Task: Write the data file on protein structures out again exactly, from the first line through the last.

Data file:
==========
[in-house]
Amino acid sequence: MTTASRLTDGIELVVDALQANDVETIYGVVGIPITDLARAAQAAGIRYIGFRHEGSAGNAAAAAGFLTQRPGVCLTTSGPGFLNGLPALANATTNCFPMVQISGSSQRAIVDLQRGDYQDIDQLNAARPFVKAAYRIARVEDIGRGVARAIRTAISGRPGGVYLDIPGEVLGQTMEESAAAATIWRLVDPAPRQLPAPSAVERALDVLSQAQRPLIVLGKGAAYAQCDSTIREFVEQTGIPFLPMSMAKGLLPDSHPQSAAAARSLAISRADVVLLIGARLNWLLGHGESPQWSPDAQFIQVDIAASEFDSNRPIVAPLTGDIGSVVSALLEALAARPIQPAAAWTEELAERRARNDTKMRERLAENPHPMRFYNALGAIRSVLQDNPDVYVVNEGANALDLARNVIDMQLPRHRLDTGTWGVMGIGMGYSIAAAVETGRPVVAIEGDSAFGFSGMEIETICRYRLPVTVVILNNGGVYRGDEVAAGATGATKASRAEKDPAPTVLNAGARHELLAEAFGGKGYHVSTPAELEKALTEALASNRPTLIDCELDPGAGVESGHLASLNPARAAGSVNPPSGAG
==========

[in-house]
Amino acid sequence: MTTASRLTDGIELVVDALQANDVETIYGVVGIPITDLARAAQAAGIRYIGFRHEGSAGNAAAAAGFLTQRPGVCLTTSGPGFLNGLPALANATTNCFPMVQISGSSQRAIVDLQRGDYQDIDQLNAARPFVKAAYRIARVEDIGRGVARAIRTAISGRPGGVYLDIPGEVLGQTMEESAAAATIWRLVDPAPRQLPAPSAVERALDVLSQAQRPLIVLGKGAAYAQCDSTIREFVEQTGIPFLPMSMAKGLLPDSHPQSAAAARSLAISRADVVLLIGARLNWLLGHGESPQWSPDAQFIQVDIAASEFDSNRPIVAPLTGDIGSVVSALLEALAARPIQPAAAWTEELAERRARNDTKMRERLAENPHPMRFYNALGAIRSVLQDNPDVYVVNEGANALDLARNVIDMQLPRHRLDTGTWGVMGIGMGYSIAAAVETGRPVVAIEGDSAFGFSGMEIETICRYRLPVTVVILNNGGVYRGDEVAAGATGATKASRAEKDPAPTVLNAGARHELLAEAFGGKGYHVSTPAELEKALTEALASNRPTLIDCELDPGAGVESGHLASLNPARAAGSVNPPSGAG